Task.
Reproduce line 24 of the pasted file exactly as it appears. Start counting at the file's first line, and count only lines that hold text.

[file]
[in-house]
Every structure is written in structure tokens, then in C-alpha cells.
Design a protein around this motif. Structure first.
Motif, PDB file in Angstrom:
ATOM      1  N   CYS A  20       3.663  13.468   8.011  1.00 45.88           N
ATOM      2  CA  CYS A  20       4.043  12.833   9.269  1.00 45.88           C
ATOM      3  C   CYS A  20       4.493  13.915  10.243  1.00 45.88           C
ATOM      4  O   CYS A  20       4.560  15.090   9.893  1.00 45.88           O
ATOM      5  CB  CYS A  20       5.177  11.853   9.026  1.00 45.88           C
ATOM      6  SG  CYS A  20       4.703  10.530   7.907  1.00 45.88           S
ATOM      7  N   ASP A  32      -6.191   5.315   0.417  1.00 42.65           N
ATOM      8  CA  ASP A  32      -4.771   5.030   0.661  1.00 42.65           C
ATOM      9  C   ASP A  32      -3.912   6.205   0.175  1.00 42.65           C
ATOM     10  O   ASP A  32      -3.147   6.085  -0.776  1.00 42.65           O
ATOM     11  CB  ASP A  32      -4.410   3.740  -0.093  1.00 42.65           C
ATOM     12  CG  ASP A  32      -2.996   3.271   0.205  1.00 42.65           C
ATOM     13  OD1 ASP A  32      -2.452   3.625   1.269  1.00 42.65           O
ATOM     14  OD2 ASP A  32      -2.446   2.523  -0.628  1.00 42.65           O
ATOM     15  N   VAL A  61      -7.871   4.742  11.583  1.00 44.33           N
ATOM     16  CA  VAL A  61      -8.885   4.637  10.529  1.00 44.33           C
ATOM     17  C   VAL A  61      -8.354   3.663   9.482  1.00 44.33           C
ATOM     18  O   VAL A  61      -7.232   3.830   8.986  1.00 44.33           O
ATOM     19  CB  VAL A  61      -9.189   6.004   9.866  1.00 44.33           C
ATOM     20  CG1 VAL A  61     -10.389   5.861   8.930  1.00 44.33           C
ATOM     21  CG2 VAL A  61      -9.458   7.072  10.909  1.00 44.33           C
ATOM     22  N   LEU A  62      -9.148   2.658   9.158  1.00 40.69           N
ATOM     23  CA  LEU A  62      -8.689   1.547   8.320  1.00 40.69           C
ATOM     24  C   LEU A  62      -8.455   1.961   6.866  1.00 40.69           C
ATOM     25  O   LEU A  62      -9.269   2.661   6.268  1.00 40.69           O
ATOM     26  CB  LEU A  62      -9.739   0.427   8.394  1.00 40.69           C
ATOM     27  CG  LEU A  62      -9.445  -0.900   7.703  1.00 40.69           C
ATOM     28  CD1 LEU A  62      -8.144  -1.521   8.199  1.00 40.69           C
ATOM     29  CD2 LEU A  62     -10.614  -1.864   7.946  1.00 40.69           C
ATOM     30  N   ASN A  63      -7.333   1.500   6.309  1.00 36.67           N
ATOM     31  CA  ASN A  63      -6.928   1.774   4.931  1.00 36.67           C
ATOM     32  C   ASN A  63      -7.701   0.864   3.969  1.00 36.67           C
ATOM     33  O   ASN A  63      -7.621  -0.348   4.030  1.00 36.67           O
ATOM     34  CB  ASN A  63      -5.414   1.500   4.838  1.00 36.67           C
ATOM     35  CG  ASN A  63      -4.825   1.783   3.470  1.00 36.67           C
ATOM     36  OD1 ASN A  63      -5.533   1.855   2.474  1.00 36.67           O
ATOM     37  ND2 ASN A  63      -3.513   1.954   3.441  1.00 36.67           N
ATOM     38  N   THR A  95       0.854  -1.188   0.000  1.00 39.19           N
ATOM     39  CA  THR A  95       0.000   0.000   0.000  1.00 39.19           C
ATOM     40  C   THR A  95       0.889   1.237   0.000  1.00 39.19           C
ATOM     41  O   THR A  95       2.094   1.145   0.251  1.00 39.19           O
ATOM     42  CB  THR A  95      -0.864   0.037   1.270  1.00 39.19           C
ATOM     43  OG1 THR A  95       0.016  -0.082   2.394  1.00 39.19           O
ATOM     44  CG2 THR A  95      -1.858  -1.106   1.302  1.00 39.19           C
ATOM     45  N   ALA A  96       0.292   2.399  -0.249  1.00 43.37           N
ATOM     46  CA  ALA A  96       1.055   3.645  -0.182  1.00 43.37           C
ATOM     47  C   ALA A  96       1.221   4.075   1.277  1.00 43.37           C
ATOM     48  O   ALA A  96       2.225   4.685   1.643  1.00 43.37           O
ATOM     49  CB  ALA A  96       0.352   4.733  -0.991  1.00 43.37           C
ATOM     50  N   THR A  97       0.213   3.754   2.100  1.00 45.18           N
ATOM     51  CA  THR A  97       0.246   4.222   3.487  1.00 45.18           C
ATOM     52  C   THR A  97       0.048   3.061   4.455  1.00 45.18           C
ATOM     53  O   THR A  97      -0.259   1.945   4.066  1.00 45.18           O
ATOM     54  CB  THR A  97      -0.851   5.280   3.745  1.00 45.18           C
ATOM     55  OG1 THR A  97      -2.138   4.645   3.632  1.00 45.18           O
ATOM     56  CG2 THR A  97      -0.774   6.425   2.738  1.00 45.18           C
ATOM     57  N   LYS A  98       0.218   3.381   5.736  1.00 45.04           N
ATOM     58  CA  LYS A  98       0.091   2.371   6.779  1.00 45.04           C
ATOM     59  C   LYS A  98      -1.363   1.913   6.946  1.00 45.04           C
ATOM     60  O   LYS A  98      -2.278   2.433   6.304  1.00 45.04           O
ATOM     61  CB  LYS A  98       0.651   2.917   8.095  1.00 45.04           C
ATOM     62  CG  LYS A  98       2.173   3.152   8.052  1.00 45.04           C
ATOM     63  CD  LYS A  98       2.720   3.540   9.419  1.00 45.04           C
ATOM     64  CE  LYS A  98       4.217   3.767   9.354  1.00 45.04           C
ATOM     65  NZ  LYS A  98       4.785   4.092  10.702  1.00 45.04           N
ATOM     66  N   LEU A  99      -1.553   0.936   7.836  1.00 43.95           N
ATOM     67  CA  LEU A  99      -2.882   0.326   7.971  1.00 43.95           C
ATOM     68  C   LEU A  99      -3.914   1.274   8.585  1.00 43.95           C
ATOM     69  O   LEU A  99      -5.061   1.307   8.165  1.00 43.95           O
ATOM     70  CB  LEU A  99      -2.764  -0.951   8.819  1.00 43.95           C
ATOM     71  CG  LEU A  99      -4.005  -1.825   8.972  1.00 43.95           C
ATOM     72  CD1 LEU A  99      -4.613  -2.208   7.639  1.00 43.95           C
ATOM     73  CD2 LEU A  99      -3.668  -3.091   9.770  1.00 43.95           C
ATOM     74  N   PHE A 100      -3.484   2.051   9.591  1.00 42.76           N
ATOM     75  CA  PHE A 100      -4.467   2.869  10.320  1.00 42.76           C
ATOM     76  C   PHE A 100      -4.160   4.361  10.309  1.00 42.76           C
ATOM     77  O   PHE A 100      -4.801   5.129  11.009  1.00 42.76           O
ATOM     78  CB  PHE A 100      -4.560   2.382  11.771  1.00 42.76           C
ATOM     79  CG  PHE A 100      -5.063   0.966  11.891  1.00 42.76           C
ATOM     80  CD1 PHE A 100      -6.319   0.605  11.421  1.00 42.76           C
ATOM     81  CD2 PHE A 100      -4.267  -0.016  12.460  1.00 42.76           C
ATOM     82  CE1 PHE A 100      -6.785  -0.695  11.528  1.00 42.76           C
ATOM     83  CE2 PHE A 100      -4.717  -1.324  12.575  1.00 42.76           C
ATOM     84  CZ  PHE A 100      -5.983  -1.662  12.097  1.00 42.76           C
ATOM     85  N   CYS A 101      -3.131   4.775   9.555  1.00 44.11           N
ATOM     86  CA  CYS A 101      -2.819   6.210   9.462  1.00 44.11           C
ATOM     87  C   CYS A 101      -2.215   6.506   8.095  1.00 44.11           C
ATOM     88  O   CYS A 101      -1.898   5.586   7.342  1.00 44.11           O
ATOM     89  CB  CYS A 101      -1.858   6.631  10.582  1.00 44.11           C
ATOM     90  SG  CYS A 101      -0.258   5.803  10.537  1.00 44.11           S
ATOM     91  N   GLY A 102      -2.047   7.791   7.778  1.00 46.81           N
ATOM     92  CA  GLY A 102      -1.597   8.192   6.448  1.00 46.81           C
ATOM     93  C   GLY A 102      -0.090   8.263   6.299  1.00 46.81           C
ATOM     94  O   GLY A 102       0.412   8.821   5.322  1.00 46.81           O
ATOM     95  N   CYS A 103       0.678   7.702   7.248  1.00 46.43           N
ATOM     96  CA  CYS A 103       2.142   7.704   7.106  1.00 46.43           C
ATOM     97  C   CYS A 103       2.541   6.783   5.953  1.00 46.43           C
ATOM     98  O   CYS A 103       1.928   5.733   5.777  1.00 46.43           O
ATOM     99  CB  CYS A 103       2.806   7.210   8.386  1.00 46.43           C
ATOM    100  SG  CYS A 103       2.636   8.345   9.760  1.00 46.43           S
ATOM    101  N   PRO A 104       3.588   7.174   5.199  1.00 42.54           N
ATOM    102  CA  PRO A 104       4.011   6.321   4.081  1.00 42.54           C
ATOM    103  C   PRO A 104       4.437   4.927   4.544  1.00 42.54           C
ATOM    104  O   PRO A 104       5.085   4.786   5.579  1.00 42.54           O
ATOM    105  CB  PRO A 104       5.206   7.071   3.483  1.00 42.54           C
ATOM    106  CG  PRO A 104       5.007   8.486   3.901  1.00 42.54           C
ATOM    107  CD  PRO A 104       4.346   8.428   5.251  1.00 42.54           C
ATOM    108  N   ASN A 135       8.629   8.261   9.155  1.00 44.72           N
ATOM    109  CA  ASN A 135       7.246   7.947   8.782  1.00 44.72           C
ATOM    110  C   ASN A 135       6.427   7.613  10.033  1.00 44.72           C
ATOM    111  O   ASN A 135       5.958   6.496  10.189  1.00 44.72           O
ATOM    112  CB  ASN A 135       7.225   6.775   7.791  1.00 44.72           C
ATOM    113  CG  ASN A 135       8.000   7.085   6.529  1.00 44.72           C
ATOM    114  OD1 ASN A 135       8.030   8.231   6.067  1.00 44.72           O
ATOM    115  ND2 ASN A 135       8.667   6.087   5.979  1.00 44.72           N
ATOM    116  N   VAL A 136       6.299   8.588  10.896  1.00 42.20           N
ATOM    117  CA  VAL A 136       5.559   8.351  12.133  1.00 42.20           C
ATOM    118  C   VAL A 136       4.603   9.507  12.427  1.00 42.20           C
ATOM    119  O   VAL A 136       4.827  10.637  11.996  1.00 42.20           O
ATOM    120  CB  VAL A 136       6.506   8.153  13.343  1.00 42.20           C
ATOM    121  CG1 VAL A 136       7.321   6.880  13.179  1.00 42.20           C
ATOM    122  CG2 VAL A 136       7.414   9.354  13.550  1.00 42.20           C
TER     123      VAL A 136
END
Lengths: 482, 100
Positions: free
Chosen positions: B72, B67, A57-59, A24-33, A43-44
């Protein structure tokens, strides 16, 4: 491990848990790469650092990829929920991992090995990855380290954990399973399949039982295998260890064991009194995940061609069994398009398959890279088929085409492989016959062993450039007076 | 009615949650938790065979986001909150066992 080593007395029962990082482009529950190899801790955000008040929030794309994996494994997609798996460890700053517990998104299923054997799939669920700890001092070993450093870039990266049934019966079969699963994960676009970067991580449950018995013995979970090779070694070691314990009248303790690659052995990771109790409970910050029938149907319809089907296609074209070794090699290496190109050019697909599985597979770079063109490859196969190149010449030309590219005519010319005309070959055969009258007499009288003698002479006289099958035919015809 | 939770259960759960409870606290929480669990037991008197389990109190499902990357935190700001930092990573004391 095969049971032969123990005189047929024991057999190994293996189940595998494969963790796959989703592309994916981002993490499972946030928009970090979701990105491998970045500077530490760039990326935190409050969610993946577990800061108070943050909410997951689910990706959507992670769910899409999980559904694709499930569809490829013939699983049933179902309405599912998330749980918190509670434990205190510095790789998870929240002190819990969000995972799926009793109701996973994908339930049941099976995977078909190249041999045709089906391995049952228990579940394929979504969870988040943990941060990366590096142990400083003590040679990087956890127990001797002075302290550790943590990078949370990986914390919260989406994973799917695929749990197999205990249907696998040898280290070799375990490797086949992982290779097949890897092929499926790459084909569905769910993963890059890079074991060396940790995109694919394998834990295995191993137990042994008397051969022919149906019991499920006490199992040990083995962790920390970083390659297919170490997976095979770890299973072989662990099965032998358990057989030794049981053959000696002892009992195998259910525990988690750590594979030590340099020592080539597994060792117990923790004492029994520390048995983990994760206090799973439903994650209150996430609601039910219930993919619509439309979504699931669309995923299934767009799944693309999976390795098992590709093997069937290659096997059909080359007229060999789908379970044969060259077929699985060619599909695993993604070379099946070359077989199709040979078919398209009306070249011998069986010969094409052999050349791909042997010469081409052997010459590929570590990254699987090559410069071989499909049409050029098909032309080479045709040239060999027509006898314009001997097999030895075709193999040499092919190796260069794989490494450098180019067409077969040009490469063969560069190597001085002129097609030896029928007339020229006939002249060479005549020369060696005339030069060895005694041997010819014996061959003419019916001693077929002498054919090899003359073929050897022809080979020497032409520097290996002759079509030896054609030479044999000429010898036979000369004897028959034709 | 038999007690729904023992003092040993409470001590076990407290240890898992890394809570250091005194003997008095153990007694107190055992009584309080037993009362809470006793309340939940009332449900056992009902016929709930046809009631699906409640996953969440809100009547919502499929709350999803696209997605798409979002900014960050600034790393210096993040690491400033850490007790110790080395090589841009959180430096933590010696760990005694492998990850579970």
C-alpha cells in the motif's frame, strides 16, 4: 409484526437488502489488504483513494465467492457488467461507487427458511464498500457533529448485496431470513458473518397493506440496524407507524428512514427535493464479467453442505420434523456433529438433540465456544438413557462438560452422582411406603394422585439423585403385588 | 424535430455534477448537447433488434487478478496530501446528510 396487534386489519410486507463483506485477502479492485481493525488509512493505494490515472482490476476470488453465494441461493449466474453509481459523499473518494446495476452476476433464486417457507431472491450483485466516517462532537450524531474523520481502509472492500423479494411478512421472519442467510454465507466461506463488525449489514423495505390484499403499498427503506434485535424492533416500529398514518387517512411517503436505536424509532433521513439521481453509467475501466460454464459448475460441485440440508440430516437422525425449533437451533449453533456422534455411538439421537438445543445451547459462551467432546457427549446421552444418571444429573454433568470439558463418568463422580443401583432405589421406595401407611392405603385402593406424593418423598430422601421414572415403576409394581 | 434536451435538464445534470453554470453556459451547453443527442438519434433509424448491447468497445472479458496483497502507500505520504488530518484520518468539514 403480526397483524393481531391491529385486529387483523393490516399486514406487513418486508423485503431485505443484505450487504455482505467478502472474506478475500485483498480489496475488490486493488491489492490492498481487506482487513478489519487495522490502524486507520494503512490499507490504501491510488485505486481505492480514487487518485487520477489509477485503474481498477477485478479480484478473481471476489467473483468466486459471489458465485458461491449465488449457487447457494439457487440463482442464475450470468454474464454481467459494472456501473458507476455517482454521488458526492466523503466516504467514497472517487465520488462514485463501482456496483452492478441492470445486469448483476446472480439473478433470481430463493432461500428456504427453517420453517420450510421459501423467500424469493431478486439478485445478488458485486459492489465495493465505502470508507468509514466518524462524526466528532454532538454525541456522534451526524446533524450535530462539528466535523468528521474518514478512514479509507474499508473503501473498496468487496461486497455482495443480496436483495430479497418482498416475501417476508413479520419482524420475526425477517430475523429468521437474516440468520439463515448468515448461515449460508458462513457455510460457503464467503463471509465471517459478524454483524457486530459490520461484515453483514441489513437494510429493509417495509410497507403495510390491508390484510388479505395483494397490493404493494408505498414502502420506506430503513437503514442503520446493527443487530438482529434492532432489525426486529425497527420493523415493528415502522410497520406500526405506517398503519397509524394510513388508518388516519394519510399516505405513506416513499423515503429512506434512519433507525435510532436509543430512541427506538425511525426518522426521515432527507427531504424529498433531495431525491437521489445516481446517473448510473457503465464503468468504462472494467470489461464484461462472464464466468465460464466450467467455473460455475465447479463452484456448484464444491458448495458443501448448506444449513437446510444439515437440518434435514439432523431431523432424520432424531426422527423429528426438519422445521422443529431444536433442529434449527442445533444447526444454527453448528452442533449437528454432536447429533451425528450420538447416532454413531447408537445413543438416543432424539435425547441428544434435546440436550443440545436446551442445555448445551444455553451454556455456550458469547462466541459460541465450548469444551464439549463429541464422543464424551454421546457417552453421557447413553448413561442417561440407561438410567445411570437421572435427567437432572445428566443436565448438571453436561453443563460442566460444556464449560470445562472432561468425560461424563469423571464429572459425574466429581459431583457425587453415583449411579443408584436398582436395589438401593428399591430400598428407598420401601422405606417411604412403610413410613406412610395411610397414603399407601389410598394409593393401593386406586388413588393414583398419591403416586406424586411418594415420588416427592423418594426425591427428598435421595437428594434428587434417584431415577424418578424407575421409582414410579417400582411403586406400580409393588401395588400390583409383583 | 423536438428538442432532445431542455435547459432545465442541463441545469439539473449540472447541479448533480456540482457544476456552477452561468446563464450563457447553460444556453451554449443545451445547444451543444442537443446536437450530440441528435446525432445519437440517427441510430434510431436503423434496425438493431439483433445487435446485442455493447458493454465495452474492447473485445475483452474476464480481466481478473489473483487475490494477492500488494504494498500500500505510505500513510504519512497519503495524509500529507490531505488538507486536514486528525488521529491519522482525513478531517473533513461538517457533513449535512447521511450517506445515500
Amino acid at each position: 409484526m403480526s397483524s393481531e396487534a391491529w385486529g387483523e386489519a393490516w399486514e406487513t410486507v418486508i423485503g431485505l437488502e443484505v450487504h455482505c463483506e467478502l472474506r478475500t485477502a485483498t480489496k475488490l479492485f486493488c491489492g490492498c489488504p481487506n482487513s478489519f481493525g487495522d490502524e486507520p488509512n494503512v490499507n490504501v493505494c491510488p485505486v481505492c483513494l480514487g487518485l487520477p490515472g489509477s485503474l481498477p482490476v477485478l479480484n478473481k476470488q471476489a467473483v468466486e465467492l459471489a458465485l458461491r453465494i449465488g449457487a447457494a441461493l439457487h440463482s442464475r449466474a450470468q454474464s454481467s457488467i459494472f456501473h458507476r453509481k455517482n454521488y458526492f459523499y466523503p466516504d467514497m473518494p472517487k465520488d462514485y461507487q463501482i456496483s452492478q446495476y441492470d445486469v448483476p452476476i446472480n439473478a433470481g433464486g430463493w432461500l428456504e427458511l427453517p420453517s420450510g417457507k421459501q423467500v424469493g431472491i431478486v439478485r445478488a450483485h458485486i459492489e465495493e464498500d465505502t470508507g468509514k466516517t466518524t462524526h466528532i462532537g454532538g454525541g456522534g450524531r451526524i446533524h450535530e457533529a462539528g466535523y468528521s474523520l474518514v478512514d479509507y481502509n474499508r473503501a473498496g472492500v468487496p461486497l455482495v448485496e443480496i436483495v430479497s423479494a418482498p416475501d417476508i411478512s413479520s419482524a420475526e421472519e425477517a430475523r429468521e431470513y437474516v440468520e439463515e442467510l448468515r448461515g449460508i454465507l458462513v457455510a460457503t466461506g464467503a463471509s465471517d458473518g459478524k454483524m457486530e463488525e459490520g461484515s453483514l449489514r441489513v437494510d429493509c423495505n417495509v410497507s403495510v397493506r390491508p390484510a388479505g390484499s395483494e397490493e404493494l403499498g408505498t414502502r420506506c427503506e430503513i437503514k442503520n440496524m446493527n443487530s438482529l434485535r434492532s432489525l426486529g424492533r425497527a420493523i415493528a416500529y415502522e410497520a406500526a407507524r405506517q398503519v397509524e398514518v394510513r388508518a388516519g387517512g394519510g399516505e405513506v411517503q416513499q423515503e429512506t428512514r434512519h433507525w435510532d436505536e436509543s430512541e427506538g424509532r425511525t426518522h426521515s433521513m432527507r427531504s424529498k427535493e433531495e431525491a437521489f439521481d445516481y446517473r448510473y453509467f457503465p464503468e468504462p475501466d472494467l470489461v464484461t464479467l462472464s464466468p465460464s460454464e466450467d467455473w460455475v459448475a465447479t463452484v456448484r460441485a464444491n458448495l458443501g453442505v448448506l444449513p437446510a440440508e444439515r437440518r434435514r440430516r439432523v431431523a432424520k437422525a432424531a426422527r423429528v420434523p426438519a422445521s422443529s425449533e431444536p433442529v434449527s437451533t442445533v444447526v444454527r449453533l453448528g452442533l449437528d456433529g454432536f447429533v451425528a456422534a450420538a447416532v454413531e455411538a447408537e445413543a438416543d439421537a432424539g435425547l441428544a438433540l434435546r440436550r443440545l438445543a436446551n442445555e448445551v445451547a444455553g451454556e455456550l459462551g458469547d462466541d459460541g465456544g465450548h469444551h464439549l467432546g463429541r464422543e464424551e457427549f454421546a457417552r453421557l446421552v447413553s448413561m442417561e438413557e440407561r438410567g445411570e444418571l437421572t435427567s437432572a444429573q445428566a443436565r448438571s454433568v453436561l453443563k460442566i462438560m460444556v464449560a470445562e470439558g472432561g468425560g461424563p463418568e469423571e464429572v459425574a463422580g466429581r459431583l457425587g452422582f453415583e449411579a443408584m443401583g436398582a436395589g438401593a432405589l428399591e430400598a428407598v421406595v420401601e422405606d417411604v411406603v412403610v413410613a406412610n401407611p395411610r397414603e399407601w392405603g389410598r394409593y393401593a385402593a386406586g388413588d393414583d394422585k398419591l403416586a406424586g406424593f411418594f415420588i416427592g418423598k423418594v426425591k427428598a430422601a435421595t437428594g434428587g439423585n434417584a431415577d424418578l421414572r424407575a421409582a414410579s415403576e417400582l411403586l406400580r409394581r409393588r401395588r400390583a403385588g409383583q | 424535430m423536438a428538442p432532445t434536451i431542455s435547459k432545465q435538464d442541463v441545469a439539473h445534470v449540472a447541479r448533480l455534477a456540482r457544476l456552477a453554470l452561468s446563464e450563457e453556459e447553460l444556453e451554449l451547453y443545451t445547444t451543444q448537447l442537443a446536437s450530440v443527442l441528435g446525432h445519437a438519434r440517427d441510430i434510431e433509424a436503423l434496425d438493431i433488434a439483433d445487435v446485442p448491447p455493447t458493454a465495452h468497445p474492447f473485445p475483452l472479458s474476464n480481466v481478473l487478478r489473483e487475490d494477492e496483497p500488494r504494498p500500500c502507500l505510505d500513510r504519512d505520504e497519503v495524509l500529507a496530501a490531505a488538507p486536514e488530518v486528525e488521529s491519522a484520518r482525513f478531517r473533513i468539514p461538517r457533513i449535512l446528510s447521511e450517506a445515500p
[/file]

ATOM     20  CG1 VAL A  61     -10.389   5.861   8.930  1.00 44.33           C